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Public queue up to pay respects to Queen Lying-in-State

Within hours of the Lying-in-State ceremony opening to public on Wednesday evening, the queue was said to be over 4-km-long winding around the river Thames
The ancient ceremony of Lying-in-State, dating back to the 19th century, involves the coffin resting on a raised platform called catafalque in the middle of Westminster Hall as members of the queuing public are allowed in to walk briskly past.
The ancient ceremony of Lying-in-State, dating back to the 19th century, involves the coffin resting on a raised platform called catafalque in the middle of Westminster Hall as members of the queuing public are allowed in to walk briskly past.
Twitter / @KensingtonRoyal

Aditi Khanna   |   London   |   Published 15.09.22, 10:39 AM

One of the biggest logistical events ever witnessed in London is underway on Thursday as the first few thousand members of the public file past the coffin of Queen Elizabeth II, Lying-in-State at Westminster Hall in the Houses of Parliament complex in the heart of the UK capital.

A week since the 96-year-old monarch died peacefully at her Scottish summer residence of Balmoral Castle, her coffin has been part of a historic journey by road and air until it was conveyed in a grand procession from Buckingham Palace to lie in state in the historic hall within the Palace of Westminster.

King Charles III was joined by sons Princes William and Harry in the ceremonial procession on Wednesday behind the coffin placed on a horse-drawn gun carriage as it made its way through the streets of central London, lined with thousands of mourners. Heathrow Airport had changed flight schedules to ensure there was silence during the 40-minute procession, with only the sound of gun salutes and Big Ben chimes in honour of the late monarch.

The coffin was draped with the Royal Standard on which was placed the diamond-encrusted Imperial State Crown on a purple velvet cushion and a wreath of flowers made up of white roses and foliage from the gardens at Windsor Castle.

"Let not your heart be troubled: ye believe in God, believe also in me. In my Father's house are many mansions: if it were not so, I would have told you," read Reverend Justin Welby, the Archbishop of Canterbury, from the Bible.

The ancient ceremony of Lying-in-State, dating back to the 19th century, involves the coffin resting on a raised platform called catafalque in the middle of Westminster Hall as members of the queuing public are allowed in to walk briskly past.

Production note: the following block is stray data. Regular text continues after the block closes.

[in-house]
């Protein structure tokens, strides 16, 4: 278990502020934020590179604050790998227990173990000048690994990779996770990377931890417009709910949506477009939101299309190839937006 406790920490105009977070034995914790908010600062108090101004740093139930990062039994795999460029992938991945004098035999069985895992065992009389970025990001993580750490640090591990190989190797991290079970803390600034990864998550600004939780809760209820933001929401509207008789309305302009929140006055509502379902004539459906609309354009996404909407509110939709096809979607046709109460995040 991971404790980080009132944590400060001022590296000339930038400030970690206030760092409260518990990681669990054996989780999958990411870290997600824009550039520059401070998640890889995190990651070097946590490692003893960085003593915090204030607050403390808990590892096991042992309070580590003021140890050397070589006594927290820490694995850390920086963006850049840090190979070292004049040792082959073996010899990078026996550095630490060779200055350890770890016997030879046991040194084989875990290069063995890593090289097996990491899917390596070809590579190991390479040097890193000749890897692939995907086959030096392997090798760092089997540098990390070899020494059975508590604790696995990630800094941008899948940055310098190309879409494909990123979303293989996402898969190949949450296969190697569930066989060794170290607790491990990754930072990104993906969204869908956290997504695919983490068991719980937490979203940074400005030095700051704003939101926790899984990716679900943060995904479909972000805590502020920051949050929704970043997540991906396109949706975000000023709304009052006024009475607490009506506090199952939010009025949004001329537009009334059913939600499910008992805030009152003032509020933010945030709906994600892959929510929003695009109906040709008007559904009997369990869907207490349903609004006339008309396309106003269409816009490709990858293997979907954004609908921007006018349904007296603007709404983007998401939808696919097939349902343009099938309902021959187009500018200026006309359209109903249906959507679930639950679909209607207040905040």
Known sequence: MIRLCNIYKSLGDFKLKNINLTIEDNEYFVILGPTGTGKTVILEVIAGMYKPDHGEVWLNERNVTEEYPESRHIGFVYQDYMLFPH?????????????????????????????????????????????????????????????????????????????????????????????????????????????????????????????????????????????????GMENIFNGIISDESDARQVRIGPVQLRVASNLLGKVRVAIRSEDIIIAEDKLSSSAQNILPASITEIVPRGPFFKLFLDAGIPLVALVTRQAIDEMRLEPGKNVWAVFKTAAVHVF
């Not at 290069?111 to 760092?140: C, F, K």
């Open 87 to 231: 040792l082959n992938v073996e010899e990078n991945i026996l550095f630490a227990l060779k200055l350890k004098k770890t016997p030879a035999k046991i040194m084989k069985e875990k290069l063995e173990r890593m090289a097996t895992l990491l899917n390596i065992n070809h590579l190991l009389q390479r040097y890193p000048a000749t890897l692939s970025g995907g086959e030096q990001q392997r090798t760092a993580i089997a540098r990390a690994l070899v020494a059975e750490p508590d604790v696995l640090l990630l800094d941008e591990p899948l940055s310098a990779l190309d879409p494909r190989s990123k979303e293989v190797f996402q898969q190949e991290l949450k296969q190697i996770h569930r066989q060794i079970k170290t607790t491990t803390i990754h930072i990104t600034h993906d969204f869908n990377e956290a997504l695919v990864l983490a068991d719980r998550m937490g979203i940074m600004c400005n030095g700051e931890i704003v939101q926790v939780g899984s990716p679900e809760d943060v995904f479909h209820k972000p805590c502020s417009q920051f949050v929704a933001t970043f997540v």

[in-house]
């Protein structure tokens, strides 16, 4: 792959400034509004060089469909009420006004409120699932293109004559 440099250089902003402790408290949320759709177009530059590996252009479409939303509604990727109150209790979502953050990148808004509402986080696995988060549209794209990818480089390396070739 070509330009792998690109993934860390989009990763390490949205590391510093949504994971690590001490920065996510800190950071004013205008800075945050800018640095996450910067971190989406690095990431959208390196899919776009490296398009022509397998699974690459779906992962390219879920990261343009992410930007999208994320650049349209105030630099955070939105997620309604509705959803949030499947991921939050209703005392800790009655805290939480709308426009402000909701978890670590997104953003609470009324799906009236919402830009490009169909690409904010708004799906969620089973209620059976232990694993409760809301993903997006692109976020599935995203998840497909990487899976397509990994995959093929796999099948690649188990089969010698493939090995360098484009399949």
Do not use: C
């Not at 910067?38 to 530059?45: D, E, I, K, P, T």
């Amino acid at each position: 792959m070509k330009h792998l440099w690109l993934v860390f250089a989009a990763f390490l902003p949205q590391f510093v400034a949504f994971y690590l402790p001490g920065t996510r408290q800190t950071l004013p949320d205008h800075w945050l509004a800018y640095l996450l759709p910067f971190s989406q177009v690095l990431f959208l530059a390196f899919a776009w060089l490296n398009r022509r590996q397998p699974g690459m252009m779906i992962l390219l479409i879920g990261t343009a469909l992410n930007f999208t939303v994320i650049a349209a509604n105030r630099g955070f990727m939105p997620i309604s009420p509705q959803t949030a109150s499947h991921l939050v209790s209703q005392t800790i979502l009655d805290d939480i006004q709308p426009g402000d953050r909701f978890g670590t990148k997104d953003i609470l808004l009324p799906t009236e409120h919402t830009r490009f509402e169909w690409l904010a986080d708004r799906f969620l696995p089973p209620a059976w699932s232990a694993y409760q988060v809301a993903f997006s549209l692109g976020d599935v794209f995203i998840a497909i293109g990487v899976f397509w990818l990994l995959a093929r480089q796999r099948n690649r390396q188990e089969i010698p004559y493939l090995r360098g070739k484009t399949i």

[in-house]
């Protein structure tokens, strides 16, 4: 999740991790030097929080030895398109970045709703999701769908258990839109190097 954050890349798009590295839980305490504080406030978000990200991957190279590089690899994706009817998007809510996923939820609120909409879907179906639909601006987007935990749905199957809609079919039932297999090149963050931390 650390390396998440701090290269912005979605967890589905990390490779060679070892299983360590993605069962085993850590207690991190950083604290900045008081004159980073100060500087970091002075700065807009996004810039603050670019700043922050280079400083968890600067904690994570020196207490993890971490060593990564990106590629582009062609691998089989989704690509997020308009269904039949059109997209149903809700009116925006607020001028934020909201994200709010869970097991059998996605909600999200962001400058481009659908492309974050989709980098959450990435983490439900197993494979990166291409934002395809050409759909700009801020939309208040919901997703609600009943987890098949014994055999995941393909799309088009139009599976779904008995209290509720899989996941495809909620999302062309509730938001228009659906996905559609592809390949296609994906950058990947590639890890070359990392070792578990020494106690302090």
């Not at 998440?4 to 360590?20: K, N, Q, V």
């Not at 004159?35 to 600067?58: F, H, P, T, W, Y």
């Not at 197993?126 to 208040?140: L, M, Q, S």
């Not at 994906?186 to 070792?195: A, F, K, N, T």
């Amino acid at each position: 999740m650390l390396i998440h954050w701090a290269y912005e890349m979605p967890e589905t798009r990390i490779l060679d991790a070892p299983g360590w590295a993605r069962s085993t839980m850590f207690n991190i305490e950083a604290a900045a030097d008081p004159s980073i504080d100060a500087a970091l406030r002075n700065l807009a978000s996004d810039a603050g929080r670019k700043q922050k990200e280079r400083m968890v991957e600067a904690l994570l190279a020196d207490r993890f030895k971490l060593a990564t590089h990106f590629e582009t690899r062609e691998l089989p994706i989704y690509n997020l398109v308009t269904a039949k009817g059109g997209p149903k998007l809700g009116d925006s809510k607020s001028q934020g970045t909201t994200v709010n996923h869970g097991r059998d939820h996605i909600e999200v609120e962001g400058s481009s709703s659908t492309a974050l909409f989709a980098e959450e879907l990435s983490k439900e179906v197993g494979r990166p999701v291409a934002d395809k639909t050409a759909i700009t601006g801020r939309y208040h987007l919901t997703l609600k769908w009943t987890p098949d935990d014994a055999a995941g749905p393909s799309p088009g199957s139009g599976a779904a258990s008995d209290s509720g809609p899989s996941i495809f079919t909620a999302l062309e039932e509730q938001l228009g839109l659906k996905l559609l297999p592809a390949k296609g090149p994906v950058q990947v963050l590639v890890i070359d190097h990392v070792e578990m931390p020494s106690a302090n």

After the short service, the captain of the Queen's Company 1st Battalion Grenadier Guards, assisted by a senior sergeant, laid the royal standard of the regiment on the steps of the catafalque.

Four officers from the Household Cavalry began the vigil, taking their places at each corner and bowing their heads. Besides the changing of this guard of four, which takes place every 20 minutes, there is pin-drop silence inside the 900-year-old Westminster Hall where members of Parliament, peers, military veterans and others have been filing past.

Since the Lying-in-State ceremony opened to the public at 5pm local time on Wednesday evening, the queue has been around 4-km-long winding around the River Thames.

According to the Department of Digital, Media and Sports (DCMS), which is coordinating the logistical aspect of the ceremony, the queue would not be allowed to get any longer than 16 kilometres and has alerted mourners of an estimated 30-hour overnight wait to get to Westminster Hall.

The 24-hour round-the-clock process will remain open to the public until 6.30am local time on Monday, just hours before the funeral ceremony for Britain's longest-reigning monarch at Westminster Abbey at 11 am.

The BBC has been live streaming the Lying-in-State, which involves mourners from around the UK and even different parts of the world join a swiftly moving queue to walk through the hall, some pausing very briefly at the side of the coffin in reflection, a courtesy or in prayer.

Members of the royal family had private time with the coffin overnight on Tuesday, when the Queen spent her final night at her London residence of Buckingham Palace. Large screens had been set up in Hyde Park for those unable to gain access to the viewing spots along the procession route to Westminster Hall on Wednesday.

The next few days of the UK's state mourning will be focussed around the Lying-in-State as the new monarch continues his duties under Operation Spring Tide and makes a visit to Wales on Friday to complete his tour of all parts of the United Kingdom. Meanwhile, the King will also hold audiences with British Prime Minister Liz Truss and other senior officials related to the preparations for the state funeral on Monday.

He has also been receiving phone calls from world leaders, including US President Joe Biden who spoke to the King on Wednesday to convey his condolences and recalled the Queen's kindness and hospitality" as she hosted him and First Lady Jill Biden at Windsor Castle in June.

Biden is among those expected at Monday's state funeral, with President Droupadi Murmu representing India along with around 500 world leaders including royalty and heads of state and government.



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